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why should a large business respond to a sources sought notification

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When the government publishes a sources sought notice/synopsis, is there any good reason for a large business to respond?  

1  If the CO finds that there are sufficient small businesses to set the procurement aside, I don't see there is any advantage to the large business in having responded, as they will not be able to bid as a prime.  

2  If the CO finds that there are NOT sufficient small businesses, does a large business that answered the SSN have any advantage over a large business that did not respond to the SSN? (Leaving aside the possibility that the large business could give the CO information that meant the entire procurement strategy should be changed, i.e., the government should seek another technical solution or something like that.)

 

Thanks to all for opinions

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9 minutes ago, contractor100 said:

If the CO finds that there are NOT sufficient small businesses, does a large business that answered the SSN have any advantage over a large business that did not respond to the SSN? 

None that I can think of.

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Are the large business' capabilities, that the sources sought is inquirying about, known by the requesting office?

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19 hours ago, contractor100 said:

When the government publishes a sources sought notice/synopsis, is there any good reason for a large business to respond?

Yes.

All too often, the Government does not understand the difference between a source sought notice (SSN) and request for information (RFI), and uses the two interchangeably. For that unfortunate reason, a large business might consider responding to a SSN.

Also, Jamaal Valentine brings up another reason.

Furthermore, assuming the Government is using the SSN to determine if a set-aside is appropriate: A large business might submit a response to the SSN (perhaps a "white paper") advocating against any type of set-aside.

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So, Jamaal and Pepe, you are saying that CO's actually read responses from large businesses to SSNs  - but how is that helpful to the large businesses?  Do they get on any kind of "short list" for the opportunity if it comes out large?  How does the CO's presumably favorable opinion of them transfer into an advantage in a subsequent open competition?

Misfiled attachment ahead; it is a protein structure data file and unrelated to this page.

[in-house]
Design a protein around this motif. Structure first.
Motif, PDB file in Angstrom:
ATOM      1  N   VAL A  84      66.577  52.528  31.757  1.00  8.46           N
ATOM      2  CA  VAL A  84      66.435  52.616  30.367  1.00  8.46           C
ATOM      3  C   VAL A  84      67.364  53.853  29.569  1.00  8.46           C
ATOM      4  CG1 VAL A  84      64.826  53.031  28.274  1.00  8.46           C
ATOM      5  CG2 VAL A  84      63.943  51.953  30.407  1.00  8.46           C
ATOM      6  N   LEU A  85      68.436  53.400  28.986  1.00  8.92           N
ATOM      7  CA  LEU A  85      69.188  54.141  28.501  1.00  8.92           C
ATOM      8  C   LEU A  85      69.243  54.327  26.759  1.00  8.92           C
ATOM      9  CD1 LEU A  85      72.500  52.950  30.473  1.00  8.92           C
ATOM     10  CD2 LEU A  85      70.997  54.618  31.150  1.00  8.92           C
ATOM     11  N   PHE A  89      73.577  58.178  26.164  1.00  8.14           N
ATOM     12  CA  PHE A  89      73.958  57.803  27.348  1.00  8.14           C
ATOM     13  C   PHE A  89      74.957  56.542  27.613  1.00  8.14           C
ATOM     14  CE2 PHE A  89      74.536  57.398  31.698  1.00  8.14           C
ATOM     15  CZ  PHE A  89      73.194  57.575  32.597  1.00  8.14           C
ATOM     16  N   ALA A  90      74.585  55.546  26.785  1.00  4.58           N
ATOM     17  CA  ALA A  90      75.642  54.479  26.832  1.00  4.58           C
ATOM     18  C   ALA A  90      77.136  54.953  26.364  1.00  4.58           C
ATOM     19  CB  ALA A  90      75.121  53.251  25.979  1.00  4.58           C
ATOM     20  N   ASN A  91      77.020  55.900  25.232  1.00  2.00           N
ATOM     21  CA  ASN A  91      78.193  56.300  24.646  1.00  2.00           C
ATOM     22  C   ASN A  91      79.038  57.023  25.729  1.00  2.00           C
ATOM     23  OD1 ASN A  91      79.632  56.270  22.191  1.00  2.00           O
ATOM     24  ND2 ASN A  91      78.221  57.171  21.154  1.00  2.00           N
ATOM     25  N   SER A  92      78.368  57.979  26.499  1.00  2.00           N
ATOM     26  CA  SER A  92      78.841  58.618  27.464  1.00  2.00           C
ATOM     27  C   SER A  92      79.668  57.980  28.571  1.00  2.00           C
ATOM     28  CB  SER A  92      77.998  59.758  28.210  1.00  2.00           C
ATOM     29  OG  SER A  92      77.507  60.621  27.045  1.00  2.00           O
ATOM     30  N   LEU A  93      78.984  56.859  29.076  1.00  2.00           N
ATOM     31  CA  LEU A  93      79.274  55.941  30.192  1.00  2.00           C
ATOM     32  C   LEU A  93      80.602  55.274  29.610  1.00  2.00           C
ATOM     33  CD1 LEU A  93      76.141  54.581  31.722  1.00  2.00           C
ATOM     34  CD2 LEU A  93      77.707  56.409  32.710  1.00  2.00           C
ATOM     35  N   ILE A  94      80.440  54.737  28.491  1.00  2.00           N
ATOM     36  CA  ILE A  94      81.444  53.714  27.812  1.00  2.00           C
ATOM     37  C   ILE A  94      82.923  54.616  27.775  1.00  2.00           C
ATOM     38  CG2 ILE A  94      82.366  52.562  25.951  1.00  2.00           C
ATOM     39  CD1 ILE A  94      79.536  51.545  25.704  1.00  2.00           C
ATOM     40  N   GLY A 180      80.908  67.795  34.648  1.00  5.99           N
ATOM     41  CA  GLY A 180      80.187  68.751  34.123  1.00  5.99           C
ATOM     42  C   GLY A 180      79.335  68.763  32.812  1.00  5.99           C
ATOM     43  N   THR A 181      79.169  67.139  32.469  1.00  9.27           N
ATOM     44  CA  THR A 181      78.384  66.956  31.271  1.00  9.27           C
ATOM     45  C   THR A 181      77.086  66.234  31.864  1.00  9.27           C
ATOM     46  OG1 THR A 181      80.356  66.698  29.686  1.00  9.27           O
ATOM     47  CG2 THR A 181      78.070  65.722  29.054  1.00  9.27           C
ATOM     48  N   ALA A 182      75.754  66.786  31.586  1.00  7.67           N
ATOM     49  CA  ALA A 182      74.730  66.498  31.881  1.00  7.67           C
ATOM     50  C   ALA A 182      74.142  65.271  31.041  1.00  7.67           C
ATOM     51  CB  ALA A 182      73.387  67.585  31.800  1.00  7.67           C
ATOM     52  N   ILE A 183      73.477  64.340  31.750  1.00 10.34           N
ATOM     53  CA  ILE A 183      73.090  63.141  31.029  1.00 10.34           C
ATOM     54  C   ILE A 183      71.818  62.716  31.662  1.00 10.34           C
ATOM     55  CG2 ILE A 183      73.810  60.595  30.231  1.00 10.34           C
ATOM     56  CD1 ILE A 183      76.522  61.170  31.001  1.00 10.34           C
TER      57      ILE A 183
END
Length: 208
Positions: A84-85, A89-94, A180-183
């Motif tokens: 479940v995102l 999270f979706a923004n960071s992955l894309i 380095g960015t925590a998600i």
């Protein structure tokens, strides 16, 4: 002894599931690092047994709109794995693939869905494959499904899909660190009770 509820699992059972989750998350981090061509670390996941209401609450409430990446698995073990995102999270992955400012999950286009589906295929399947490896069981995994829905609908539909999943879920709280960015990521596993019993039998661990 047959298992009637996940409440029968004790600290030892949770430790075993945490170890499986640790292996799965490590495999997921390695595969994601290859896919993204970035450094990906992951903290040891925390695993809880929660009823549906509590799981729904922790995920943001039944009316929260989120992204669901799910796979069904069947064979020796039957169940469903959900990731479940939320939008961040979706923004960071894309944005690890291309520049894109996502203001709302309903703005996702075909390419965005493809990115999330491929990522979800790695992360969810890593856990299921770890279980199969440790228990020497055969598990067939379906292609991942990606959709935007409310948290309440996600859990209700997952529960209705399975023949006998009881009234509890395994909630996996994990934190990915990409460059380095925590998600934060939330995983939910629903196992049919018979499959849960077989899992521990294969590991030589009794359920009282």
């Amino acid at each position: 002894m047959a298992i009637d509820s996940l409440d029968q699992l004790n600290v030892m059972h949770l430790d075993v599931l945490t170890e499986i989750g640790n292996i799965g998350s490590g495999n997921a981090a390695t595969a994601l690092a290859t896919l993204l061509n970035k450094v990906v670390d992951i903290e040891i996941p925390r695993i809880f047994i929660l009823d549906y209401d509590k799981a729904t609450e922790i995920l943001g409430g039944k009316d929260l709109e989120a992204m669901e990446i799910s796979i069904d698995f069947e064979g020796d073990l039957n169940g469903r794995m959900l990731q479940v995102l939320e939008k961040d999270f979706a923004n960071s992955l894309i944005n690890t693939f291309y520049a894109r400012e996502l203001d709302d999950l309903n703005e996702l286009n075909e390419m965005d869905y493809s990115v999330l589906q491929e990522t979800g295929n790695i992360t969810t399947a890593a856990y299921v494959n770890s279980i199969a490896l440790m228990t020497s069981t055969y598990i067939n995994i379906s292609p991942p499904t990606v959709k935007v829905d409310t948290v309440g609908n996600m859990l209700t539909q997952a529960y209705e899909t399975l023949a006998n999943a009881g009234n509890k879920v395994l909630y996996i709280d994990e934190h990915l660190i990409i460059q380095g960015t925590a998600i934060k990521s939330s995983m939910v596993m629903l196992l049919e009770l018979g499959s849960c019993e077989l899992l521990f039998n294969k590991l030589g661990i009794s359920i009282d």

(This is assuming as I say that the large cannot offer some new solution, to sway the competition.)

If two qualified small businesses respond, how could the CO not set it aside, no matter what the large business wrote in their white paper?  Would the large business say, you know, that the small businesses that are liable to respond are not responsible?

 

Thanks so much to all, for your experience and advice!

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Just want to add, I frequently (at least 50 percent of the time) see SSNs saying things like "An organization that is not considered a small business under the applicable NAICS code should not submit a response to this notice."  

Does that mean this particular CO does not want to read anything that will not help her with the rule of two analysis?

Does that mean that if a CO has NOT written such a commentary, he wants to read marketing materials - carefully crafted and tailored of course- -  from large businesses?

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On 1/16/2017 at 10:47 AM, contractor100 said:

how is that helpful to the large businesses?

To influence the procurement method or provide information to the contracting agency.

On 1/16/2017 at 10:47 AM, contractor100 said:

Would the large business say, you know, that the small businesses that are liable to respond are not responsible?

The large business would say that small businesses are incapable of performing the work, or will perform inadequately, despite what the small businesses may say.

On 1/16/2017 at 11:10 AM, contractor100 said:

Does that mean that if a CO has NOT written such a commentary, he wants to read marketing materials - carefully crafted and tailored of course- -  from large businesses?

You are delving into mind-reading now.

The reason any business might respond to a SSN or RFI that seems to exclude that business is to influence the procurement method or provide information to the contracting agency. Read the tea leaves and make a decision to respond or not.

There is a small industry of contracting consultants who churn out these white papers, so at least some businesses think the effort is worthwhile.

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